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A police chief apologized to minorities. He deserves applause.

A police chief apologized to minorities. He deserves applause.
President Obama speaks alongside Terry Cunningham of the International Assn. of Chiefs of Police during a conversation on community policing on July 13, 2016, in Washington, D.C. (Alex Wong / Getty Images)

To the editor: After reading Ta-Nehisi Coates' important book, "Between the World and Me," I puzzled over how the critical dialogue about the history, dreams, values and realities of our life together as Americans can ever begin between what we call the "races" in our land.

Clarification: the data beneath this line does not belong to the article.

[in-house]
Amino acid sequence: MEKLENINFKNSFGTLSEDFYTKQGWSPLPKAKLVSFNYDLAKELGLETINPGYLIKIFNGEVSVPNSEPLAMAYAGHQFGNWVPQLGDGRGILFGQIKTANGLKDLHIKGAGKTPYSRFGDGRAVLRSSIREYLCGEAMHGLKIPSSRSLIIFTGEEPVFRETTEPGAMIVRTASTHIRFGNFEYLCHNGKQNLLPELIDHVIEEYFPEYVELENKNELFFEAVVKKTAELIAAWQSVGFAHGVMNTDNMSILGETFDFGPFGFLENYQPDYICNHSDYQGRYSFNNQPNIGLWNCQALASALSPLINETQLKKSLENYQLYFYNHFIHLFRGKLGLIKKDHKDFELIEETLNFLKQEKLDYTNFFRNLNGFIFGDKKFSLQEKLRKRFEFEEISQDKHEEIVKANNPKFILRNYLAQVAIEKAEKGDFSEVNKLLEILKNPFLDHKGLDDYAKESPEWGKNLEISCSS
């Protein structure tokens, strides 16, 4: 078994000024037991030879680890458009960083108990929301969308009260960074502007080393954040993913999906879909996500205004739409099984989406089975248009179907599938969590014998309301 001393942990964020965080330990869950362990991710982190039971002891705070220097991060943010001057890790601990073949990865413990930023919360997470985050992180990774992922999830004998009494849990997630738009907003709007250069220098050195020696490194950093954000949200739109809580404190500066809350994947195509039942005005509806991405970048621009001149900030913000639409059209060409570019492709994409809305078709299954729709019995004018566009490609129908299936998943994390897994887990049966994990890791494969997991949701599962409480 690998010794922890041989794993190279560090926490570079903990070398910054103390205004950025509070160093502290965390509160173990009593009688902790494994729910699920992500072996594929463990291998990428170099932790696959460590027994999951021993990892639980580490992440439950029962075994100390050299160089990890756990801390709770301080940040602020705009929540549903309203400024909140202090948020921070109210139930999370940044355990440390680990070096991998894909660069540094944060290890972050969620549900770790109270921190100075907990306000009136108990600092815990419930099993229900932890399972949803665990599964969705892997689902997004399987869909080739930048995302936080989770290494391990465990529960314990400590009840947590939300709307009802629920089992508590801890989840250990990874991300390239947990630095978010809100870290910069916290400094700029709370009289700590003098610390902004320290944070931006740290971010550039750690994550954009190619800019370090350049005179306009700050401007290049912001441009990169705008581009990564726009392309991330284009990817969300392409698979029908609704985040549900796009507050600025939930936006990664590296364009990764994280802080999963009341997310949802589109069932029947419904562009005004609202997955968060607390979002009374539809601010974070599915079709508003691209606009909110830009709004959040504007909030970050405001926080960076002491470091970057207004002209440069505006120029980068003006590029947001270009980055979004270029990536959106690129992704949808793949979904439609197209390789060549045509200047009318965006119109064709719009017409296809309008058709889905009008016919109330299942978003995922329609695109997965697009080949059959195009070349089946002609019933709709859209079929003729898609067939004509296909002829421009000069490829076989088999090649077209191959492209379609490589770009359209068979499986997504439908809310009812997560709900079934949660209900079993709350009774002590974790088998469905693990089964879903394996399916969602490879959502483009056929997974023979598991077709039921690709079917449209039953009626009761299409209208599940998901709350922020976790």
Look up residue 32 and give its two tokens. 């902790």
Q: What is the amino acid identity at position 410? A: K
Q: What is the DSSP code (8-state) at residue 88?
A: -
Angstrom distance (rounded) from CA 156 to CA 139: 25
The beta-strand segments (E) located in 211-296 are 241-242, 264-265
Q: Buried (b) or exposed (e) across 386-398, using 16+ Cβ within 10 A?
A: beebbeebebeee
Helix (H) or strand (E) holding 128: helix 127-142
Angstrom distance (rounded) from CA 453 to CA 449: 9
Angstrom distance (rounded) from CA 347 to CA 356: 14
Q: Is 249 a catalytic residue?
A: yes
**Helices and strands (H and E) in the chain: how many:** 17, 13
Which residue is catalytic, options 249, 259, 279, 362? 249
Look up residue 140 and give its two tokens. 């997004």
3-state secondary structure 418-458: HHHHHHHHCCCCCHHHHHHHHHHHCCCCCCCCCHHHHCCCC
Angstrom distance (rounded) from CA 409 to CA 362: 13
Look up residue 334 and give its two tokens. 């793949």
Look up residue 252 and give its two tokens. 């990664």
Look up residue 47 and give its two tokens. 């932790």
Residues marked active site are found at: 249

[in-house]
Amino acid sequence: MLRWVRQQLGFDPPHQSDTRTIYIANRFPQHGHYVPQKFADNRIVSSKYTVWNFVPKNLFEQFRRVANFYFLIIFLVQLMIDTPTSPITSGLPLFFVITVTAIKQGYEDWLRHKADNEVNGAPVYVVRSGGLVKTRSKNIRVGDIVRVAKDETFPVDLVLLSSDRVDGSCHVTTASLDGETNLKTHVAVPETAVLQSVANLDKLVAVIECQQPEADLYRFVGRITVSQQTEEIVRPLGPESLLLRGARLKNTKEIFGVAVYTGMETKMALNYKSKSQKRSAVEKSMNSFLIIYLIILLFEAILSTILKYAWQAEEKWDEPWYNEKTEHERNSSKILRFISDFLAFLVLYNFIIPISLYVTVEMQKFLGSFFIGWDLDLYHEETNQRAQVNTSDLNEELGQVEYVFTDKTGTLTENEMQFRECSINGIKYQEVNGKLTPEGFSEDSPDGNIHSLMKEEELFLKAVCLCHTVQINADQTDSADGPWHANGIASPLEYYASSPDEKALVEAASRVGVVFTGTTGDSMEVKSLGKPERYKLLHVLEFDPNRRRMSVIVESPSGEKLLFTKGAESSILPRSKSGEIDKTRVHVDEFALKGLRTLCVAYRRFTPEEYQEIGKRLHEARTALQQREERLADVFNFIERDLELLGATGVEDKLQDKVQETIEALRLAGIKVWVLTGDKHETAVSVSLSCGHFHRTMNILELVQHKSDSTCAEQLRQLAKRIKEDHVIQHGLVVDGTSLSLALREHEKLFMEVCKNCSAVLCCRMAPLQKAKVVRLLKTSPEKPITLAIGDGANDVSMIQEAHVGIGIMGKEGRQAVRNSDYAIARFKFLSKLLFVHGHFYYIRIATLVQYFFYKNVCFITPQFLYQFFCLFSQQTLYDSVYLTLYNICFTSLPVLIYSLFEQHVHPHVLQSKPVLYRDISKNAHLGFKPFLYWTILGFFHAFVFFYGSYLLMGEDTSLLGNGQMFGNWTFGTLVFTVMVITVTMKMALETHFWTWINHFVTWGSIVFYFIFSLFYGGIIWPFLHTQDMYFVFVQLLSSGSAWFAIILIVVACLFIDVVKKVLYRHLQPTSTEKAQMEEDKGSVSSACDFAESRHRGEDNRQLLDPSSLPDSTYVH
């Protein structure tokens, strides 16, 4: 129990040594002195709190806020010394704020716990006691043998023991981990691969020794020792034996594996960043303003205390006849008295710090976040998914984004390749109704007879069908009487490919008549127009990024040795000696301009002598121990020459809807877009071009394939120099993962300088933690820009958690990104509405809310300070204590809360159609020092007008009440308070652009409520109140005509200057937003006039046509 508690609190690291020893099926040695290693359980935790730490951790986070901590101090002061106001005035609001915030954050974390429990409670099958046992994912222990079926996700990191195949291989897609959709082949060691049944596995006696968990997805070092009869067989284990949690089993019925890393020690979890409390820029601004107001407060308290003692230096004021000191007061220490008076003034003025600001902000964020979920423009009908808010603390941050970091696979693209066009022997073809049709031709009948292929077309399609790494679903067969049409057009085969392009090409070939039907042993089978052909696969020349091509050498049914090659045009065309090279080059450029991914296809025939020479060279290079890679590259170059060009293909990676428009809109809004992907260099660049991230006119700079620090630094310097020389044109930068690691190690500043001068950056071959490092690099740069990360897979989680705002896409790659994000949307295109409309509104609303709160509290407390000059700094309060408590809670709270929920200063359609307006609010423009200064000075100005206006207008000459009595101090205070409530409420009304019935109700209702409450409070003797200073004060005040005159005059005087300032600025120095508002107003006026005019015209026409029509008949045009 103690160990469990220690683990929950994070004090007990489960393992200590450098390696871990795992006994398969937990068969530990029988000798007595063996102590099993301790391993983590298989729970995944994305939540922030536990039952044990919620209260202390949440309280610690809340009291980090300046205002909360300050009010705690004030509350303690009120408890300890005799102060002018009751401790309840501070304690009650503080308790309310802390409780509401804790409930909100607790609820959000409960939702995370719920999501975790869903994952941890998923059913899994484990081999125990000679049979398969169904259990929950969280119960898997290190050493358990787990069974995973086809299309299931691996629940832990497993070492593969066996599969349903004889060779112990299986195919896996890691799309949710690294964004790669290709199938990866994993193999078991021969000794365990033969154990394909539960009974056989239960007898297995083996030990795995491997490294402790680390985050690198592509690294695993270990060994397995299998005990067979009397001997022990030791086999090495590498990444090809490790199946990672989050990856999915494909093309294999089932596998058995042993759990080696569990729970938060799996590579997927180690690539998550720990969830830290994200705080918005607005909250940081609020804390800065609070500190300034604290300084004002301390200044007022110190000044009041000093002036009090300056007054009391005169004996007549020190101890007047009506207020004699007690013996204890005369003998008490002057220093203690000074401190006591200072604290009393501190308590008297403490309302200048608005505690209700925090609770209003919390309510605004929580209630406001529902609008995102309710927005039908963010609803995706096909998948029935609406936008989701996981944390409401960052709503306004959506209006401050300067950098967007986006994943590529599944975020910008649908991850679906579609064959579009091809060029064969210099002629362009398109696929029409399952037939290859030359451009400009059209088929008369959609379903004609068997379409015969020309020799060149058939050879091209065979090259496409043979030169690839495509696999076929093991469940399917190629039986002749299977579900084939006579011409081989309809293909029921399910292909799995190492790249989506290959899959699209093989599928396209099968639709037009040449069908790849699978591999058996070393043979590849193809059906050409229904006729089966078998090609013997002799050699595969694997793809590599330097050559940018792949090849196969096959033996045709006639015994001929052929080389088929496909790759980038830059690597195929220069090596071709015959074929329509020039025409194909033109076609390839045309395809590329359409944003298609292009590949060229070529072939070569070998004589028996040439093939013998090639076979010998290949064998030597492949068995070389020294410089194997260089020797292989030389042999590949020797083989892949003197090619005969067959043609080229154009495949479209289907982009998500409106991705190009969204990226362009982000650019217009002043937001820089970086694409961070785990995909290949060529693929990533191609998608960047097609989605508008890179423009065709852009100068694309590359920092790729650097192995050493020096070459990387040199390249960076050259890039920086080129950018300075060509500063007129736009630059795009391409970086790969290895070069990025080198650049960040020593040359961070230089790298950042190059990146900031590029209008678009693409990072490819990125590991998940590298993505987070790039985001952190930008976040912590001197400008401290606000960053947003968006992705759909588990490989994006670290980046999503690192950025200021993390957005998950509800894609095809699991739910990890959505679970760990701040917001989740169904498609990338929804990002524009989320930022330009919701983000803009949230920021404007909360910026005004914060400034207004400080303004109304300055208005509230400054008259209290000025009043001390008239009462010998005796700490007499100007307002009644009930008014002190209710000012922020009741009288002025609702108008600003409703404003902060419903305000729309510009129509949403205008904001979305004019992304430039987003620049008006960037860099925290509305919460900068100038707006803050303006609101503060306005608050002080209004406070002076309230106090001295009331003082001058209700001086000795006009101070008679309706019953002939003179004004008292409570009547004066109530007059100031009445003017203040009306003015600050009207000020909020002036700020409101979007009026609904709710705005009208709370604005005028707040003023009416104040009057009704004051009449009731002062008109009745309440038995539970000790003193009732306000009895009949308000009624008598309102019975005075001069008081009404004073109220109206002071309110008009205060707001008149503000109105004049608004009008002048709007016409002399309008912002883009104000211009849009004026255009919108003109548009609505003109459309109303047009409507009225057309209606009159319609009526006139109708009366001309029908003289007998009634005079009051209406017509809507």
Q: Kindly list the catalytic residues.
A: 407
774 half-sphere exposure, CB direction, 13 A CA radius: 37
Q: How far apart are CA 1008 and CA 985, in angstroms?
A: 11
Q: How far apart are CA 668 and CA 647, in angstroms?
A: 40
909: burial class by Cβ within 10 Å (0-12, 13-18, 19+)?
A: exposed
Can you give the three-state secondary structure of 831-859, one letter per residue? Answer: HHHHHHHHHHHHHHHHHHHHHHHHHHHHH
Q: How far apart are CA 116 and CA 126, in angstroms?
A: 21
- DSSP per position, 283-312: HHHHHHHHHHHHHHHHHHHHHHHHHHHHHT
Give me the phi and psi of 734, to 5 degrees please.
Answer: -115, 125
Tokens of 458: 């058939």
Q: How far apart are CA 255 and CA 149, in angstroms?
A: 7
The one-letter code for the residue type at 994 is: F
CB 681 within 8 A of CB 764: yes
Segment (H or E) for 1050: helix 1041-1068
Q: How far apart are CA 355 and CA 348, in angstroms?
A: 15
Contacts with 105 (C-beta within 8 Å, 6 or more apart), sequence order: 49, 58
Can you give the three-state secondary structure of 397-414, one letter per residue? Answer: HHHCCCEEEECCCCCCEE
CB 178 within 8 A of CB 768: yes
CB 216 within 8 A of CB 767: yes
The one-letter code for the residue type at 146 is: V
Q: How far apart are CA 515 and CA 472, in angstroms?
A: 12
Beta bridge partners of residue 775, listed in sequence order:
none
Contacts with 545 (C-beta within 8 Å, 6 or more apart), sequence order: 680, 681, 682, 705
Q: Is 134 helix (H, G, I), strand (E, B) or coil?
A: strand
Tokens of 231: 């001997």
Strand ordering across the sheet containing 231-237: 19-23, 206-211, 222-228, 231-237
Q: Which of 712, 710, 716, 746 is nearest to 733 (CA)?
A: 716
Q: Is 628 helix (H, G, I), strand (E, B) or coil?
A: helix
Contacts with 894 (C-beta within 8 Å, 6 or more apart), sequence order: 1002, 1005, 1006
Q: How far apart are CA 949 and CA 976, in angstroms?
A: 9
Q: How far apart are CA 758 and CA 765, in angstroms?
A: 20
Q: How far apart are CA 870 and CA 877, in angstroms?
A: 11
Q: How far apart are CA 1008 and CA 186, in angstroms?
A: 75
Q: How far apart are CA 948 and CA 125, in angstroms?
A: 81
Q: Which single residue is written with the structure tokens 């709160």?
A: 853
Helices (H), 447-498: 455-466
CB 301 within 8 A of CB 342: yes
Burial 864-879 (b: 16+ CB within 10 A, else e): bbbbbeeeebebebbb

Seeing the headline about International Assn. of Chiefs of Police President Terrence Cunningham's insightful and courageous statement to a convention of thousands of police chiefs that law enforcement officers have been the "face of oppression for far too many of our fellow citizens" and his apology for the mistreatment of minorities, I realized the dialogue may be well underway. ("Head of nation's largest police chief group issues formal apology for 'historical mistreatment' of racial minorities," Oct. 18)

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The reaction that Cunningham didn't go far enough was predictable, but the standing ovation he received was not. All of us need to join the dialogue and give ovations when and where they are due.

Richard Hill, Claremont

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